14 Matching Annotations
  1. Aug 2021
    1. Periodic Limb Movements of Sleep measurementsconfirmedthat ULDNallowed equivalent control of limb movements at half the prior dose of D2/3 agonists. Although the naltrexone dosewas 0.15 ug, the effect was retained at 100 ug and 1 mg(Bear and Kessler, 2014a,2014b).Thus, naltrexone proved effective forRLS, putativelyby facilitating sensitization of D2/3 agonists.

      The sources are patents. 2014a and 2014b.

      It is interesting that the benefits were retained over a large dose range. Oddly, full LDN doses (when combined with benzos) can help treat tardive dyskinesia. Thus, it seems plausible that the benefits for RLS are retained at even higher doses. I've not yet checked the sources to see if higher doses were tested. That is, doses over 1 mg. I doubt they were, because it would probably have been mentioned here.

    1. However, addition of naltrexone significantly improved TD

      Interesting. They were using full naltrexone doses, not LDN. I'd expected full doses would make movement disorders worse.

  2. May 2021
    1. Conclusion: The combination of ultra-low-dose naltrexone and morphine in extremity trauma does not affect the opioid requirements; it, however, lowers the risk of nausea.

      From the full text, they used 5 micrograms of naltrexone. Naltrexone dose is very finicky. There's low dose (LDN), very low dose (VLDN), and ultra-low dose (ULDN). This is a ULDN. I believe the type of effects I'm looking for occur at VLDN and LDN doses. If I recall correctly, I think 2 mg is optimal for analgesia, but I don't remember whether this was with or without morphine. 0.125 mg and 0.25 mg are effective in opioid withdrawal when combined with methadone. Thus, it's not too surprising that 5 mcg had little effect. At those doses, the effects it does have are like mediated by different mechanisms.

    1. Systemic administration of ultra-low doses of naltrexone (16.7, 20.0, and 25.0 ng/kg) with morphine (1.0 mg/kg) extended the duration of the morphine-induced conditioned place preference.

      This is important because it suggests mood-brightening. Contrast this with combining L-type calcium channel blockers with opioids, which appears to limit tolerance to opioid analgesia that does not correspond to mood brightening.

  3. Jan 2019
    1. naltrexone in their drinking water (5 mg/L)

      Based on water intake of 10ml per 100g body mass, that should translate to 0.5 mg/kg. This is one of the few studies using LDN as opposed to ULDN.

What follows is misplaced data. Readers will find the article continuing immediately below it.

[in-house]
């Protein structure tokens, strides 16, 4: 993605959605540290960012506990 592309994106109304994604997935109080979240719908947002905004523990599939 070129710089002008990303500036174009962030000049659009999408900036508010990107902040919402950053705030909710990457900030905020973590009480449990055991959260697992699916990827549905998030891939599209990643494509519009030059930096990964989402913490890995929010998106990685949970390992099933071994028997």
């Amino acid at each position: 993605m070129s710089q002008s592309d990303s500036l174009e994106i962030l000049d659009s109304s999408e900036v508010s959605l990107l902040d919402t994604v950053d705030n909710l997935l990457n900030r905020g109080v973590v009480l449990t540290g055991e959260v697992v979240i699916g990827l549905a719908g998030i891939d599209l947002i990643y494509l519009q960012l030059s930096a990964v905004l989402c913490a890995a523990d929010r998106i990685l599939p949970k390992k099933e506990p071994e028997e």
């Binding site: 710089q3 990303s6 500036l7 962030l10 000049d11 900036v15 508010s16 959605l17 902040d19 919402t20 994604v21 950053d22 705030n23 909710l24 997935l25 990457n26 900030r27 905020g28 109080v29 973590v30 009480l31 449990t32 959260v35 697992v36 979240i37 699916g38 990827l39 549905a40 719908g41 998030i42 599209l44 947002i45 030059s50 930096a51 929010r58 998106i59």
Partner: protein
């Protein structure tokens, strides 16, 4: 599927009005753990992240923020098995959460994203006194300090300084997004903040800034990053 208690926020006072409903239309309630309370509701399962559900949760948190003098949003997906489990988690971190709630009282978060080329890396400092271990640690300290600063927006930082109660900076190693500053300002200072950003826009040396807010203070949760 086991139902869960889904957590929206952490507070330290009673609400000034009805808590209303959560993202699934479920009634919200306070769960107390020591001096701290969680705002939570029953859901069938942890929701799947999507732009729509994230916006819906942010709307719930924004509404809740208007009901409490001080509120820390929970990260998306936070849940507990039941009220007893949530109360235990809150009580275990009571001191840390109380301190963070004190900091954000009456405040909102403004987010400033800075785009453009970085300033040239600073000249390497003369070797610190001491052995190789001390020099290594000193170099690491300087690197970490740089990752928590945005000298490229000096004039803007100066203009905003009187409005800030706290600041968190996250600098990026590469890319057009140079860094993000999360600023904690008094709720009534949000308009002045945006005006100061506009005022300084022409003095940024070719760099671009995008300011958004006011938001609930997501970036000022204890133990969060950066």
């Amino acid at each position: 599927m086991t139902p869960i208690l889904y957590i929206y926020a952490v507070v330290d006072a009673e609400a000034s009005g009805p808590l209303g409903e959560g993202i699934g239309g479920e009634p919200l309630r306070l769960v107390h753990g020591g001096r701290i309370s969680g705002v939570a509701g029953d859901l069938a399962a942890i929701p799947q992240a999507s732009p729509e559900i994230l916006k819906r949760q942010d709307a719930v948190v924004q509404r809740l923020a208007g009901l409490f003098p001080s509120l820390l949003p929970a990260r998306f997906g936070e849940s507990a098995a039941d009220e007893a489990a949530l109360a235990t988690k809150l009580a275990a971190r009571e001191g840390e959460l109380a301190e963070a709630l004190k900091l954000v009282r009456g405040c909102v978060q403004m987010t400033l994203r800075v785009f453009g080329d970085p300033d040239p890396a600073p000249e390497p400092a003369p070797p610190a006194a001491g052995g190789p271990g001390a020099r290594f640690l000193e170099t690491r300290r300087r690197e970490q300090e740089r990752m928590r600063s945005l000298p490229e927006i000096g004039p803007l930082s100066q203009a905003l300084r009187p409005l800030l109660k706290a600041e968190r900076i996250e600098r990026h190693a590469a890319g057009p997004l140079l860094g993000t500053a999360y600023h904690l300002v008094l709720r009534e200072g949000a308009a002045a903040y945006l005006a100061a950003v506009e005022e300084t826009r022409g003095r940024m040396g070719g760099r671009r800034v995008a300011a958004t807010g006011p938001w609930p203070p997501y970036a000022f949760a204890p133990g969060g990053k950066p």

1. inverse agonist activity was not required for mu-opioid receptor up-regulation and supersensitivity.

      The question, then, is whether the opioid receptors are involved at all in this upregulation. For example, it could be mediated by TLR4 or filamin A.

    1. Table 1. Analgesic potency of nalorphine compared with morphine for postoperative pain*

      2 mg appears most effective. download PDF here.

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    1. . Ultra-low doses of opioid antagonists (naloxone and naltrexone), which selectively inhibit the excitatory effects

      I would not expect doses this small to impact the opioid receptors.

    1. Treatment effects were more pronounced at discharge

      Symptoms in the treatment group continually improved, whereas symptoms in the placebo group plateaued. Thus, I'm interested in seeing a longer treatment period. Projecting from symptom scores, elimination of symptoms would occur in about 10 days.

    1. 50 mg naltrexone at bed-time.

      Interesting. Conventional doses of naltrexone appear effective for sleep apnea. I'll be interested in seeing if LDN fairs well.

  4. Nov 2018
    1. The full text describes how ultra-low-dose naloxone and naltrexone enhance opioids at very slim dose margins. A mere two fold difference on naltrexone dose can determine efficacy: 2 micrograms is effective whereas 4 is not. What's more, this optimal dose changes with sex, mouse strain, opioid agonist used, etc.; this making precise dosing challenging. The mechanism suggested is that filamin A has two binding sites, where only 1 has the desired effect.

    1. We measure the binding affinity of NLX or naltrexone to FLNA in cell membranes as 4 picomolar, i.e. approximately 200-fold higher than their binding affinity for MOR

      This sentence appears to indicate equal potency between the two drugs.

    2. Naloxone binding to A7 cells was displaced by naltrexone but not by morphine, indicating a target distinct from opioid receptors and perhaps unique to naloxone and its analogs.

      So, naloxone has a 200 times higher potency at Filamin A compared to opioid receptors, but I need clarification on whether naltrexone achieves similar potency.

  5. Apr 2018
    1. Naloxone alone has a bimodal effect on analgesia: low intravenous doses (1–2 mg) produce analgesia and higher doses (3+ mg) produce hyperalgesia in healthy normal volunteers (Buchsbaum et al. 1977) and in postoperative patients (Levine et al. 1979). Clinical trials showed that intravenous and epidural opioids combined with naloxone could produce greater analgesia than opioids alone (Rawal et al. 1986; Gueneron et al. 1988; Gan et al. 1997); these studies revealed the importance of the ratio of opioid agonist to antagonist in enhancing analgesia, showing ultra-low naloxone doses (ng/kg to pg/kg) are needed for optimal effect.

      Standard LDN is 4.5mg. According to this data, that may be orders of magnitude too high. Nevertheless, LDN has been found effective.